there’s no earthquakes or hurricanes, but every year we lose a lot of people due to the extreme heat .
      we are getting slow cooked out here. 😒

  2. Welcome to the Caribbean life Florida. Hope people realize, that side of Florida is below sea level. Disaster like this can happen again in the future

    1. @streetreleaseboner Good points. My comment was designed to point the abuse of Florida taxpayers funds. Anyone who fails the IQ Test, I’ll sell a flight ticket for $12.300,- when everyone else is paying $300,- to $400,- for the same trip.

    2. @streetreleaseboner For the last 246 years? LOL. I have respect for all valued viewers on YouTube and save them from a miles-long writing……..

    1. Honestly radar is so under appreciated, 1900 no radar no hurricane planes, just outside picking oranges and the sky gets dark.

  3. Anybody who decides to “ride out” a cat 4 or 5 hurricane is an absolute fool. Living in NE Fl for most of my life I can’t remember all the hurricanes I rode out but that’s mostly due to they don’t hit that area directly that often. Most that come in that direction tend to turn north before they make landfall, but if they called for a cat 4 or5 I would have high tailed it outta there. I remember when Katrina hit….it was coming straight in as a cat 5; that’s like a locomotive slamming into your house at 165 MPH. The ones that come straight in are the most dangerous. I kept wishing all those in this one and Katrina to listen to the news and leave but sadly a lot of people believe they are tougher than ma nature.

    1. Alot of people can’t just leave.. if they want to send out a mandatory evacuation they need to have buses sent to the community and allow people to bring their animals. Otherwise blaming people for staying and calling them fools, is wrong.

    2. @Alexandra Cole It depends what type of local government you have. We have shelters, special needs shelters staffed with nurses and doctors, oxygen, etc. Our stations ran non-stop coverage and steps to take. They also said that if you needed to or wanted to evacuate, just call them and they would pick them up and take them to shelters and they did. President was asked for help and we had convoys of tree cutters and electrical workers waiting just outside of Florida from every state and even Canada. Just waiting until the storm passed and the roads were cleared enough for them to get through. They had come down before the storm ever hit. Believe me, Florida is not Louisiana Some people don’t evacuate because they fear their home will be looted. When Superstorm Sandy hit the north, a woman, her husband, and her daughter all stayed at home after being told to evacuate. A previous hurricane they had evacuated and came back to see their belongings all gone. Looters. When Sandy hit, they decided to stay to protect their home. The husband and daughter died, and the woman was barely saved from electrocution and drowning by some very brave people. She also lost her entire house and all her possessions. Things are not worth it. Take your important documents and pictures. I know she would say today hang the house and everything else. Let’s get out of here.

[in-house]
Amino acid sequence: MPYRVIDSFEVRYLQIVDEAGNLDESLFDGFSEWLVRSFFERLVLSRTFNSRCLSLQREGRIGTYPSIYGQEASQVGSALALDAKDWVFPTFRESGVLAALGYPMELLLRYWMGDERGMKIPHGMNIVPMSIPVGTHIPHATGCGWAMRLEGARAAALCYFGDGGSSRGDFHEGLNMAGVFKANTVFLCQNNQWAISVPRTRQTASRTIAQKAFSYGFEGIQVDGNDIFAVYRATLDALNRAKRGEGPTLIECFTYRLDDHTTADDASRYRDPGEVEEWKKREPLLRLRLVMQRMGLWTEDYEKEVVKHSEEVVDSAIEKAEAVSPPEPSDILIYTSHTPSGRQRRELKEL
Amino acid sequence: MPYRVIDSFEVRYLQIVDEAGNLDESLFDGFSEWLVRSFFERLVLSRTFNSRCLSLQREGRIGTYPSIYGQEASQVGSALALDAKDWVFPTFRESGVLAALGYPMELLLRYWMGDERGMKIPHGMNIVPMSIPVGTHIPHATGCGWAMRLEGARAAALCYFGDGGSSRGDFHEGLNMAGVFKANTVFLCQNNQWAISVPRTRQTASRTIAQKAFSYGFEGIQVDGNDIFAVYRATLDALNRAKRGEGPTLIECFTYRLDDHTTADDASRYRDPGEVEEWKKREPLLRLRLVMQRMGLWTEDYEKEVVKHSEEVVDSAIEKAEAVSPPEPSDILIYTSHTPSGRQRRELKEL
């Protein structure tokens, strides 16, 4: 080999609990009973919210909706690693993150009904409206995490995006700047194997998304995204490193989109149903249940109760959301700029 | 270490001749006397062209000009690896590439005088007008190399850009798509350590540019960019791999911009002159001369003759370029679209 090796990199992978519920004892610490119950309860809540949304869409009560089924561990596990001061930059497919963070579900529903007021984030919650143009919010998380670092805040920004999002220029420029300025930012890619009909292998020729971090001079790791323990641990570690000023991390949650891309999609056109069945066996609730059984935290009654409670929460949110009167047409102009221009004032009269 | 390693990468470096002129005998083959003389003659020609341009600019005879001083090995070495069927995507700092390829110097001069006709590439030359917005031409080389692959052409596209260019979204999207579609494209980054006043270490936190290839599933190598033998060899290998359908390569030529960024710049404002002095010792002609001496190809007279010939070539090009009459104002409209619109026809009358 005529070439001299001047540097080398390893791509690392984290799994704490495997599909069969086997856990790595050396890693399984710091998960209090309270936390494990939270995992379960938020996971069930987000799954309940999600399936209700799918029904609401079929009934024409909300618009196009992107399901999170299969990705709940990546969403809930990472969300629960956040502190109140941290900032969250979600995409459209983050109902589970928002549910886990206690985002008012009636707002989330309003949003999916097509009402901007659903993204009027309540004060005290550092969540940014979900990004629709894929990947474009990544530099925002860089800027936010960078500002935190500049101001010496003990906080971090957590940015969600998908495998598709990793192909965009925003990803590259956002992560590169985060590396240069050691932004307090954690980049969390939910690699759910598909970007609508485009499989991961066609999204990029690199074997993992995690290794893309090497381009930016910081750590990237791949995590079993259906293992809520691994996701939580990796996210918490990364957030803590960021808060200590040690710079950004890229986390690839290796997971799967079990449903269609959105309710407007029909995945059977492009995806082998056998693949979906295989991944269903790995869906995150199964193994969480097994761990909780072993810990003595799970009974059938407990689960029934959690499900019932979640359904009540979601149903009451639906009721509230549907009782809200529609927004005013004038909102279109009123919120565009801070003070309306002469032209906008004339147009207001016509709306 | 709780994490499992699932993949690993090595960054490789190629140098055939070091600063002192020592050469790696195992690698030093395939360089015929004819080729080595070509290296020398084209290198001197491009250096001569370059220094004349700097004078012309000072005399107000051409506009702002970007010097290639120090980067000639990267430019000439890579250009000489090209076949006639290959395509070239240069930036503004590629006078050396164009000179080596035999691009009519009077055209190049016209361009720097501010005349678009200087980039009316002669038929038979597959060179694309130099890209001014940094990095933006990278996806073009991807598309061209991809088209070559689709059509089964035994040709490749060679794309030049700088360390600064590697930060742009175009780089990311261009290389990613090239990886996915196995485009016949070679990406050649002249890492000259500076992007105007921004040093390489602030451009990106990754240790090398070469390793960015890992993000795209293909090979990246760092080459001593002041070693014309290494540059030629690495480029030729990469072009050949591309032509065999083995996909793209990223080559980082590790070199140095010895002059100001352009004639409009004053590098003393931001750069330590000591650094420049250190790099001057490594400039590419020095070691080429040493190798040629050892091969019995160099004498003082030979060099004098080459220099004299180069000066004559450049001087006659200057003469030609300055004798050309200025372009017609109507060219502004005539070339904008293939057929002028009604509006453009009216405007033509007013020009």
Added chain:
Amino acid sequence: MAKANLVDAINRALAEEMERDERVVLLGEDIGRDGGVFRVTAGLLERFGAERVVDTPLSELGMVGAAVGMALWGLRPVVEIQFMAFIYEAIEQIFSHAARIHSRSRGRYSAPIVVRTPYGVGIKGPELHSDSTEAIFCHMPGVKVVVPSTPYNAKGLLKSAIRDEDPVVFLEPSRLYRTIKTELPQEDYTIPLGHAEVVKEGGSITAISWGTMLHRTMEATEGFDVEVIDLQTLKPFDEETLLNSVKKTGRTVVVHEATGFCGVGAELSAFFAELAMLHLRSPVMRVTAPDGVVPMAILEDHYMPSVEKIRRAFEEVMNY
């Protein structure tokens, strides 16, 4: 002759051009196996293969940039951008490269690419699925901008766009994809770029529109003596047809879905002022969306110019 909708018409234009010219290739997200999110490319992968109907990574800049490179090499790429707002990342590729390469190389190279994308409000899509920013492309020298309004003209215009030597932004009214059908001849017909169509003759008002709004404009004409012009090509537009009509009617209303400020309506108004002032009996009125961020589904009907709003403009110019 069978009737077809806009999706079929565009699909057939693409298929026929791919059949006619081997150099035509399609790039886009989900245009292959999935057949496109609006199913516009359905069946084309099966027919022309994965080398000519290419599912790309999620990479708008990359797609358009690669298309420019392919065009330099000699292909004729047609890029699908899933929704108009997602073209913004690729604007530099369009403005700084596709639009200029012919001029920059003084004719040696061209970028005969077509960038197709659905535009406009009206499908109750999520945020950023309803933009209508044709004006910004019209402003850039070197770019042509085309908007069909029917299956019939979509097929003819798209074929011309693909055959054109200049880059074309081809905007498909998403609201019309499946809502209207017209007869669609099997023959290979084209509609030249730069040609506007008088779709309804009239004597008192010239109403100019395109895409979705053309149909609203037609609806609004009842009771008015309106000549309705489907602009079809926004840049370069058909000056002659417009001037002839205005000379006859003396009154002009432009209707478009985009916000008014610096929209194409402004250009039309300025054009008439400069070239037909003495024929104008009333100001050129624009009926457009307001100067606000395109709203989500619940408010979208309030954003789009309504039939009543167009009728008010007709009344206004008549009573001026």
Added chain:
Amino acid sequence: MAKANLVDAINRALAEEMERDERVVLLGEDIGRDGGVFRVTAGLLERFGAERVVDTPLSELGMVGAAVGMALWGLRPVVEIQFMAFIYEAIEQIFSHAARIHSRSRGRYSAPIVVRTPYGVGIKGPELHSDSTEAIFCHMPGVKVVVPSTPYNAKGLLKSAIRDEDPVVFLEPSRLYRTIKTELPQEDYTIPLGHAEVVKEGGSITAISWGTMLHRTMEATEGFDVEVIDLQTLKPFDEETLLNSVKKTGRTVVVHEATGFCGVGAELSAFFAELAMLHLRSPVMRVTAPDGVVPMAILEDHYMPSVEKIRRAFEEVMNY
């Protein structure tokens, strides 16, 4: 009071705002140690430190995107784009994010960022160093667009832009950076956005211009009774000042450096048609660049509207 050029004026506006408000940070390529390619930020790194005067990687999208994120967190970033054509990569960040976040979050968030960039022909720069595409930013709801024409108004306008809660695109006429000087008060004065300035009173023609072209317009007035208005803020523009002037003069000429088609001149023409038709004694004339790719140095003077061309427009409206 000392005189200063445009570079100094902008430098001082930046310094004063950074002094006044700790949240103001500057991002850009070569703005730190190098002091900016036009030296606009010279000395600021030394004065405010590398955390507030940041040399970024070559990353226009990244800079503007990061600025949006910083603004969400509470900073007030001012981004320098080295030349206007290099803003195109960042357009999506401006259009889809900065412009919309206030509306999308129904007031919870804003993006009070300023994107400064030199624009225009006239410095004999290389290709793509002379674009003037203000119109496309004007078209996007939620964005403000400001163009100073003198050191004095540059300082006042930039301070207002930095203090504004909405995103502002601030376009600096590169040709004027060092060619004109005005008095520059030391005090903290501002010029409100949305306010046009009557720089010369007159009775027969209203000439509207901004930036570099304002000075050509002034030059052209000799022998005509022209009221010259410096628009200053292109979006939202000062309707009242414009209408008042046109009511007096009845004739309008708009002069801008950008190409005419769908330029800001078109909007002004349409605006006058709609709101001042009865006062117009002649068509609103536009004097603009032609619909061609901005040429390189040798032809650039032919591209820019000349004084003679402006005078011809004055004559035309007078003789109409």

4. I’m from the Virgin Islands it’s terrible that hurricane hit Florida but the hard part is the aftermath😲